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19 March 2018 18:49 (South Africa)
South Africa

Analysis: ANC’s ‘broad church’ can lead to uncomfortable pews

  • Rebecca Davis
    bec photo
    Rebecca Davis

    Rebecca Davis studied at Rhodes University and Oxford before working in lexicography at the Oxford English Dictionary. After deciding she’d rather make up words than define them, she returned to South Africa in 2011 to write for the Daily Maverick, which has been a magnificilious decision.  

  • South Africa

COSAS – the Congress of SA Students – was where a 21-year old Julius Malema first cut his political teeth. But if Malema hoped to carry some radical students with him to his Economic Freedom Fighters venture, their recent statements have made it clear that they’re having none of it. South Africa’s largest student organisations seem keen to affirm an unshaken faith in the ANC – but threats of vigilante violence on Tuesday had the ANC scrambling to distance itself from Cosas’s DIY fervour. By REBECCA DAVIS.

First things first: a primer in the sometimes confusing organisation of South Africa’s student politics. There’s Cosas – founded in 1979 – and then there’s its palindromic alter ego Sasco – founded in 1991 through the merger of the South African National Student Congress (SANSCO) and the National Union of South African Students (NUSAS). We are currently concerned with the former, led by “President General” Thologelo Malaji and Secretary General Tshiamo Tstetsi.

Julius Malema first came to prominence as Cosas president in 2001. Indeed, the young Malema was so invested in the Cosas struggle that he has previously credited the organisation with being to blame for his poor school performance.

“I got excited after joining Cosas and failed Grade 8,” Malema said in 2002. He went on to repeat Grade 9. “I was a gentleman and used to wear school uniform,” Malema said in the same interview; but “I was not always in school because of organisational activities”.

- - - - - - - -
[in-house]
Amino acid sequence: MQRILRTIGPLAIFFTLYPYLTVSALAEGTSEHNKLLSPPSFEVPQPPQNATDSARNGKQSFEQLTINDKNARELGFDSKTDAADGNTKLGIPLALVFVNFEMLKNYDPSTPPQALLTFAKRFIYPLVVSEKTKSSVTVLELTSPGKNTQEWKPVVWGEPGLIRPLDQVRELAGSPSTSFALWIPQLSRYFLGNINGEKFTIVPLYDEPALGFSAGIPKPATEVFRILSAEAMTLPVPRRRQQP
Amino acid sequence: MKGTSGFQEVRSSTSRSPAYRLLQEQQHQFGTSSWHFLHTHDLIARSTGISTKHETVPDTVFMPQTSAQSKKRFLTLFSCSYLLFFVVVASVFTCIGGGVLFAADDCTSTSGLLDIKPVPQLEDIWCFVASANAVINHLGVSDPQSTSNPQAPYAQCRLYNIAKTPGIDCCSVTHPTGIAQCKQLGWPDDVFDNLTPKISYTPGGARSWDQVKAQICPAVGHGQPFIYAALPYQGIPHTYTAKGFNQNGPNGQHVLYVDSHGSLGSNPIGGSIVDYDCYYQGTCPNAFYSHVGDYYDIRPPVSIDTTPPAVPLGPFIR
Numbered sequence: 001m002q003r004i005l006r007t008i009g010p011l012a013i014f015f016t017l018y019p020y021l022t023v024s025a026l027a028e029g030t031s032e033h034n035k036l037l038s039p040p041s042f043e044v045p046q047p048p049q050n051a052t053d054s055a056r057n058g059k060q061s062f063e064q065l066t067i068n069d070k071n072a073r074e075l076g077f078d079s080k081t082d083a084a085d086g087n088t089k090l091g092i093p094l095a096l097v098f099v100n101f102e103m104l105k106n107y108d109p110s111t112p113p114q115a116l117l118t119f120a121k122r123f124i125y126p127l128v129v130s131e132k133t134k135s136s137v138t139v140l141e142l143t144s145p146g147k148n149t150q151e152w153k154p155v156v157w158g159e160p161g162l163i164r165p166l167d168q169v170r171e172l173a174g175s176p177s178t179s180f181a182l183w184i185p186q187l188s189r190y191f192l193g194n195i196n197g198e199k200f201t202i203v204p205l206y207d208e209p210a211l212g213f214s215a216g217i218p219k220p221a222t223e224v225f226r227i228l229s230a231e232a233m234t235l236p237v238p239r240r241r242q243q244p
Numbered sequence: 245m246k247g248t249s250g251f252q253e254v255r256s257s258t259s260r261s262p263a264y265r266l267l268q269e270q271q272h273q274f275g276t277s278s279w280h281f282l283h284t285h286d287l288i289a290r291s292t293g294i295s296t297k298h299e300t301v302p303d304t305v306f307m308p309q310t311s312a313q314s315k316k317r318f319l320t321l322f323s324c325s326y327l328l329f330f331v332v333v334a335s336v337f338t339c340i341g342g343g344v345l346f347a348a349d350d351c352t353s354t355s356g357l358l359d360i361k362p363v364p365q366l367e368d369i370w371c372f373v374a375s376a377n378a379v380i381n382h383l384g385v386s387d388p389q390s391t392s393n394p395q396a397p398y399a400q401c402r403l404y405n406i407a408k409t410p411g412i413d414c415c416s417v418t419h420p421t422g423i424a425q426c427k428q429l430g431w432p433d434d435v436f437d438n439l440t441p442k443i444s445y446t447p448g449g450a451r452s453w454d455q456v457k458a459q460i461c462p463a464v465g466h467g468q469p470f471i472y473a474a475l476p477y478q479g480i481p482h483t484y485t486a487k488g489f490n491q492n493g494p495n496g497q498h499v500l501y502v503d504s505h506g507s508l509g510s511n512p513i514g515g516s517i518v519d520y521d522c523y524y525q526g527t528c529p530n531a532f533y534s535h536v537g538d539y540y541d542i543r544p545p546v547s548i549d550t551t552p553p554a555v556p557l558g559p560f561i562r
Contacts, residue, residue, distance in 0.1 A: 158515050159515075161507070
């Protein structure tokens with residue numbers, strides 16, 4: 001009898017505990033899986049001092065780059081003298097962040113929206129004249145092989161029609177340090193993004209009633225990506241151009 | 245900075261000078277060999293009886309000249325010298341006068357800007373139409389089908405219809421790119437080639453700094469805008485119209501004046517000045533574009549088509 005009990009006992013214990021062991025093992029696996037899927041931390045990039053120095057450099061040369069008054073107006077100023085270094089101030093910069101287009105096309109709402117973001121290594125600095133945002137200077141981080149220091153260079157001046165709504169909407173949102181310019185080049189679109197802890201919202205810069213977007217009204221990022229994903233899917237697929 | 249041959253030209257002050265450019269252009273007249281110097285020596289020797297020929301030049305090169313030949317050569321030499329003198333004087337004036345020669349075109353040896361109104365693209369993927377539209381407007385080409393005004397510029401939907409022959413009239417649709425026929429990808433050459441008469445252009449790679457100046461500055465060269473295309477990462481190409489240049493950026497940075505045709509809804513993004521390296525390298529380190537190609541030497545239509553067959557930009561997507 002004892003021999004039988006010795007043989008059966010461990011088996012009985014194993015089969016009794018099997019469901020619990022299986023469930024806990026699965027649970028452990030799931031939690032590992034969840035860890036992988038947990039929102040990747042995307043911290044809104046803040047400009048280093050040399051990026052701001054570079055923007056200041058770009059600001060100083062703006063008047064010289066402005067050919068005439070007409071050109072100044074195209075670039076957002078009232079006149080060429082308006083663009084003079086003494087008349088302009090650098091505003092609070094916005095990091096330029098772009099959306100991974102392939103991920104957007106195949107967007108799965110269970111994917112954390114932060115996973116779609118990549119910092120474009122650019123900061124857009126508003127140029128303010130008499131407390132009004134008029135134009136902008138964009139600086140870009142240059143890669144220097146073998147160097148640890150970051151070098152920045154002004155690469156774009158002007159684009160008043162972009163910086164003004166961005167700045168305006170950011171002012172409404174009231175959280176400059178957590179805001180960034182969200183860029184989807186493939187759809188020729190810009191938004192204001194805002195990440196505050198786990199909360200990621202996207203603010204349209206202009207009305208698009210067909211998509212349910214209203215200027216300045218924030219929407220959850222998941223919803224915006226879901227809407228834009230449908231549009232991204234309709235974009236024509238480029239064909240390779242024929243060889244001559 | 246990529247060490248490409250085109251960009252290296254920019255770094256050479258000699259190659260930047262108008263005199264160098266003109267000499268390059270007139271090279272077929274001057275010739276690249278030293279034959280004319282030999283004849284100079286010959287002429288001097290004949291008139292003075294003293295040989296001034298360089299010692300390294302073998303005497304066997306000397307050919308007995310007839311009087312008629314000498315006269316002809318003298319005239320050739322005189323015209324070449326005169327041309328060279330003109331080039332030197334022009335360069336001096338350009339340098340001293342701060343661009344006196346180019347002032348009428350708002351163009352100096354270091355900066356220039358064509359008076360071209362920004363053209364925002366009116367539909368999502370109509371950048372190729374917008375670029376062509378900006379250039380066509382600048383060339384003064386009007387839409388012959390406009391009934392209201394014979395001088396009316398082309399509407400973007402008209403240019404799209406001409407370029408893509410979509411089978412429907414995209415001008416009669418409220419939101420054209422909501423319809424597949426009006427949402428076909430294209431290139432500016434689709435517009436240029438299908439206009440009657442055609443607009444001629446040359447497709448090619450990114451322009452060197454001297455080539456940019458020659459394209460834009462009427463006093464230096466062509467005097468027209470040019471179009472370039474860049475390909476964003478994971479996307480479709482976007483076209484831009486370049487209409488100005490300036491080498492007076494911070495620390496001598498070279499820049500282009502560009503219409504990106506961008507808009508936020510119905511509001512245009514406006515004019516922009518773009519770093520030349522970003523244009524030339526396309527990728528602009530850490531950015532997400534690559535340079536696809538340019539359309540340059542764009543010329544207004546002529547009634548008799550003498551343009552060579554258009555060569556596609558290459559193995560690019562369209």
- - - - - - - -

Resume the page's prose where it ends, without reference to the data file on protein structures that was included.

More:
Malema attracted widespread media attention for the first time in 2002 when he led a march of thousands of school pupils through Johannesburg. They were protesting against a Gauteng education directive that schools should close their gates during school hours for safety reasons, but that’s not why the march made headlines. Rather, it was for the fact that the pupils looted shops and smashed car windows as they went along. The die was cast for Malema’s reputation – and that of Cosas - in the media.

But Malema’s former political home has abandoned him. (Together with all the others.) Last week Cosas’s Joburg regional secretary, Charles Mokonyama, apologised “to the nation for having produced a rebel like Julius Malema”. In a pithy turn of phrase, Mokonyama called the EFF “red ants”, and said that Malema “nearly destroyed our beloved movement”. Sasco has taken a similar tack, releasing their own Malema-bashing statement last week. Their president Ngaoko Selamolela labelled Malema and the EFF as “helpless daylight tsotsis”, calling them “crazy juveniles” who are “only preoccupied with throwing cheap insults at the ANC and its leadership.